Monday, March 31, 2008

A possible new diagnosis for an old problem

So, I've had this patch of skin on my right wrist, just where the bone is near the surface of the skin and prods out. Well, at first it was just sort of red and puffy. Then it quickly turned to dry hard and almost scaly! I know, yucko, but these are things that are going on with me.

It all started with a dime sized patch around 3 years or so ago. I kept putting lotion on it, but it only helped relieve the dry scaly aspects, it never fully went away. As a matter of fact, the longer I have it, the larger and more intense it has gotten. It is now about the size of a half dollar! I don't often go to the doctor for things and when I do, I always forget to ask about it. For the most part, it's more unsightly than it is anything. Although at times it does seem to 'flare up' and get red and itchy and scaly more than other times when it's just sort of a callous.

While looking up some info on a psoriasis treatment, I've discovered that my symptoms fit! Here's what the National Psoriasis Foundation says psoriasis is:
Psoriasis is an immune-mediated, genetic disease manifesting in the skin and/or the joints. According to the National Institutes of Health, as many as 7.5 million Americans have psoriasis. In plaque psoriasis, the most common type, patches of skin called "lesions" become inflamed and are covered by silvery white scale. Psoriasis can be limited to a few lesions or can involve moderate to large areas of skin. The severity of psoriasis can vary from person to person; however, for most people, psoriasis tends to be mild. No one knows exactly what causes psoriasis, but it is believed to have a genetic component. Most researchers agree that the immune system is somehow mistakenly triggered, which speeds up the growth cycle of skin cells. A normal skin cell matures and falls off the body's surface in 28 to 30 days. But a psoriatic skin cell takes only three to four days to mature and move to the surface. Instead of falling off (shedding), the cells pile up and form the lesions. Psoriasis often appears between the ages of 15 and 35, but it can develop at any age. Approximately 10 percent to 15 percent of those with psoriasis get it before age 10. Some infants have psoriasis, although this is considered rare.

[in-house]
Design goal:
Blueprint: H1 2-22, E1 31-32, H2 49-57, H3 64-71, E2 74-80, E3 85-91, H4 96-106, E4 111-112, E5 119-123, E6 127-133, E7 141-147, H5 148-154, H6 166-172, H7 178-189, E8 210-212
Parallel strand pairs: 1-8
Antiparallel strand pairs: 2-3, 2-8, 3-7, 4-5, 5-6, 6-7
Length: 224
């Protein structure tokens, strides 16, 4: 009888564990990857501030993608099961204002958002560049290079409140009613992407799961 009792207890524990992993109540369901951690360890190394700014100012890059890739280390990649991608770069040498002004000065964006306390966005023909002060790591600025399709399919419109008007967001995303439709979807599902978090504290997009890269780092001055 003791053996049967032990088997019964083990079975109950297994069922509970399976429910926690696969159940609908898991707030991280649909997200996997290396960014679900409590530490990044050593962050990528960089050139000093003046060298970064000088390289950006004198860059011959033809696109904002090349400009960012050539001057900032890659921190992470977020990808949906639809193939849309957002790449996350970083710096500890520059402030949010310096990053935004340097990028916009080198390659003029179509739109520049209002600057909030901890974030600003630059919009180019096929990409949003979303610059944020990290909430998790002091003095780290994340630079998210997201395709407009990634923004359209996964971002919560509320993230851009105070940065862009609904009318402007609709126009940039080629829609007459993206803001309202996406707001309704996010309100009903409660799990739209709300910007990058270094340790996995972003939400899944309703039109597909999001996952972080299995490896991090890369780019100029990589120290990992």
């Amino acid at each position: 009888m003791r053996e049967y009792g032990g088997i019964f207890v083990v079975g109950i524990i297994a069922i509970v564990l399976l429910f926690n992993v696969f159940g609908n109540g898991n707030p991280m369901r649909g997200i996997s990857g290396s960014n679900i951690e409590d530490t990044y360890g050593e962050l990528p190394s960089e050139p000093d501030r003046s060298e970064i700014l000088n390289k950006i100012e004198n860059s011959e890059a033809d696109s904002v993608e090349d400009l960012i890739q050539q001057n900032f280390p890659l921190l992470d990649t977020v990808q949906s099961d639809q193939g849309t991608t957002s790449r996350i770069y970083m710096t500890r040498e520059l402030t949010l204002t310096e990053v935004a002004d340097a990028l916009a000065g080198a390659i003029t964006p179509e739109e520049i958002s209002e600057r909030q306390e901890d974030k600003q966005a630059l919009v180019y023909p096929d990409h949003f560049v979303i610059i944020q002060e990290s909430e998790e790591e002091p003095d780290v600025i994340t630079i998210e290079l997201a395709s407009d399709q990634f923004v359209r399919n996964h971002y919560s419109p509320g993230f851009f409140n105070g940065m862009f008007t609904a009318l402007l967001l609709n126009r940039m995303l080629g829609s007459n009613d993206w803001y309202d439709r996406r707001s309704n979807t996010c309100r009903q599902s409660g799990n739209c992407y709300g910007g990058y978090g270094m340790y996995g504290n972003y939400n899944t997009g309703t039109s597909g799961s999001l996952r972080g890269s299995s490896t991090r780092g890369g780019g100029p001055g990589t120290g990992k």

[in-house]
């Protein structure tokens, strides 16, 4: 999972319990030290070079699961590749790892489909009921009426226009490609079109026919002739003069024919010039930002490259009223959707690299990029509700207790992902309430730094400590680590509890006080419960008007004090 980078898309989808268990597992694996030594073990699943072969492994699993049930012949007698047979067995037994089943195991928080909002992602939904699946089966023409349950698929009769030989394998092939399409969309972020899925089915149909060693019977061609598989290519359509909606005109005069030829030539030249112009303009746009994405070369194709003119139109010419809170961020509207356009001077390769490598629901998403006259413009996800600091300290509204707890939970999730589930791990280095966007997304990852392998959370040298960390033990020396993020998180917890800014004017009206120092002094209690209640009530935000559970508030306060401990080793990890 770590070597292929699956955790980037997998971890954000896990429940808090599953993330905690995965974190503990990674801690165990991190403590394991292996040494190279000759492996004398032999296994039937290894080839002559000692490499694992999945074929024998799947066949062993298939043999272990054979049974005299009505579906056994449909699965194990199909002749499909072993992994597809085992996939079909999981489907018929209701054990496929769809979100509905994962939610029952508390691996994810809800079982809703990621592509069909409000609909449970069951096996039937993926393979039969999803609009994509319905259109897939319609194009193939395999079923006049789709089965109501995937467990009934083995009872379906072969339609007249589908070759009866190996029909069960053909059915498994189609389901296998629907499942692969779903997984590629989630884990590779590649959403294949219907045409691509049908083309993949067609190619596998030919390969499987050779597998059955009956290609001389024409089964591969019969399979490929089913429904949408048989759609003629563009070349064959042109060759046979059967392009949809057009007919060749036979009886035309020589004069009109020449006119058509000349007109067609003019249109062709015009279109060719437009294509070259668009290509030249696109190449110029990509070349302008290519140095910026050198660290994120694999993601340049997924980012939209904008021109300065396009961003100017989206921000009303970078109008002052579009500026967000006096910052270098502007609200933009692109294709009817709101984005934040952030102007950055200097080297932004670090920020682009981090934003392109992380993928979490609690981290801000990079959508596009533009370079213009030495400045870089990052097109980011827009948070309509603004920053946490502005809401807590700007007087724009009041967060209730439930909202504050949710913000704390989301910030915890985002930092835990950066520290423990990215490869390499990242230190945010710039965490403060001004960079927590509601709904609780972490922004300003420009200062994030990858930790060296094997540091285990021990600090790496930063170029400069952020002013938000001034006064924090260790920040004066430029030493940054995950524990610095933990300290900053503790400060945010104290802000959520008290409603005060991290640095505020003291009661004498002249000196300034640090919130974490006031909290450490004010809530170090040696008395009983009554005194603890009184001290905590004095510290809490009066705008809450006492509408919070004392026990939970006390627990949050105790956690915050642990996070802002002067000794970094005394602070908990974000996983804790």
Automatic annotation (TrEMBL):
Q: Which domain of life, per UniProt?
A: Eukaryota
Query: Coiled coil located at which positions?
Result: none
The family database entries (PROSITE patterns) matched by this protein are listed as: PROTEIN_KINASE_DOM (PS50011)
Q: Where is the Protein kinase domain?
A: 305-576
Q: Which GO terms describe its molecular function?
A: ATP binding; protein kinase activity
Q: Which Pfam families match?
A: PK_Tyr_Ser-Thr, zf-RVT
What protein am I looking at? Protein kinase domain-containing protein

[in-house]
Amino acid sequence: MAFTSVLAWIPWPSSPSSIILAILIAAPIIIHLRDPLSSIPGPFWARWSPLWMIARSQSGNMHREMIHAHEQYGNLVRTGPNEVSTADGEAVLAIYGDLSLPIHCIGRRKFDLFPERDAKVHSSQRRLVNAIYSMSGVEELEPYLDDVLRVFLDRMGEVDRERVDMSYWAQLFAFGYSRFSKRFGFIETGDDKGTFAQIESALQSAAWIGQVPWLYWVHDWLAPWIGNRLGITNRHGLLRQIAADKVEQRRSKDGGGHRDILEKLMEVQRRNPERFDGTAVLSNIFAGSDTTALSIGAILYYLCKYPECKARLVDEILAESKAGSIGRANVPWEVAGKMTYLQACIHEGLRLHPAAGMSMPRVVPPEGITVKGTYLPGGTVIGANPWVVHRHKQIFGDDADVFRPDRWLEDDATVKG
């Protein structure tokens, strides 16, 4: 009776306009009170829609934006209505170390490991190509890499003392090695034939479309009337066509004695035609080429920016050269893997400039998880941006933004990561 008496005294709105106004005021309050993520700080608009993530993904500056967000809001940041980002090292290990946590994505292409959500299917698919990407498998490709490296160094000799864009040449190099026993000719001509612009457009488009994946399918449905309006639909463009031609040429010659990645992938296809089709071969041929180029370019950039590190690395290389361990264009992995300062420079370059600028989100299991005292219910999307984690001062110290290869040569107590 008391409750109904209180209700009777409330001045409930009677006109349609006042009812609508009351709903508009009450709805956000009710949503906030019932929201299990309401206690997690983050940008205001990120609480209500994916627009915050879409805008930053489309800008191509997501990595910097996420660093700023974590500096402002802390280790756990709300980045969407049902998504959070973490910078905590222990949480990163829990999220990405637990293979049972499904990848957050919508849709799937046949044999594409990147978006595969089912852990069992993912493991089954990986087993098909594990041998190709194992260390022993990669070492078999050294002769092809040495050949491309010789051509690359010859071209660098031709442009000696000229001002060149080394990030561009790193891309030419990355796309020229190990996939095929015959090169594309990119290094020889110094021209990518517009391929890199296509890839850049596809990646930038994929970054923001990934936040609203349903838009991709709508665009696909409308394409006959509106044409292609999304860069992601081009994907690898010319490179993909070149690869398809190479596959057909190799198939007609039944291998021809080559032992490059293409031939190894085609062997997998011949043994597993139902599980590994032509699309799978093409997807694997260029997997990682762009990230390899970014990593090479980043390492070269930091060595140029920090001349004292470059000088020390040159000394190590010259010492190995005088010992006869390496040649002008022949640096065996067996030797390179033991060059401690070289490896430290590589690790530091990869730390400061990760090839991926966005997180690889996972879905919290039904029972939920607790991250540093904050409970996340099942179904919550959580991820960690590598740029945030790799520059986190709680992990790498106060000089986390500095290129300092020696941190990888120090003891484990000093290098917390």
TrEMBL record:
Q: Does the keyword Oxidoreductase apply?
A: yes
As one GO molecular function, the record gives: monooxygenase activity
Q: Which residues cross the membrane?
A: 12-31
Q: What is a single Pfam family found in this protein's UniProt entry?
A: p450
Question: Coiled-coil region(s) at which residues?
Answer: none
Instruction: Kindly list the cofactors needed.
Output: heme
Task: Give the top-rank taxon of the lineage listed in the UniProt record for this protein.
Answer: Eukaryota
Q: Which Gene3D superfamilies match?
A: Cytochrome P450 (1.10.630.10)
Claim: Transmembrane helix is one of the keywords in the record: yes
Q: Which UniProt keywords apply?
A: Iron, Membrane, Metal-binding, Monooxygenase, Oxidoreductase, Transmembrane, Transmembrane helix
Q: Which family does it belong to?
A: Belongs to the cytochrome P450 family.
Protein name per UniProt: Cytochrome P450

All the info I am reading fits my symptoms and situation, including the ages and such. It's good to get answers, at least I know what this pesky patch is now!

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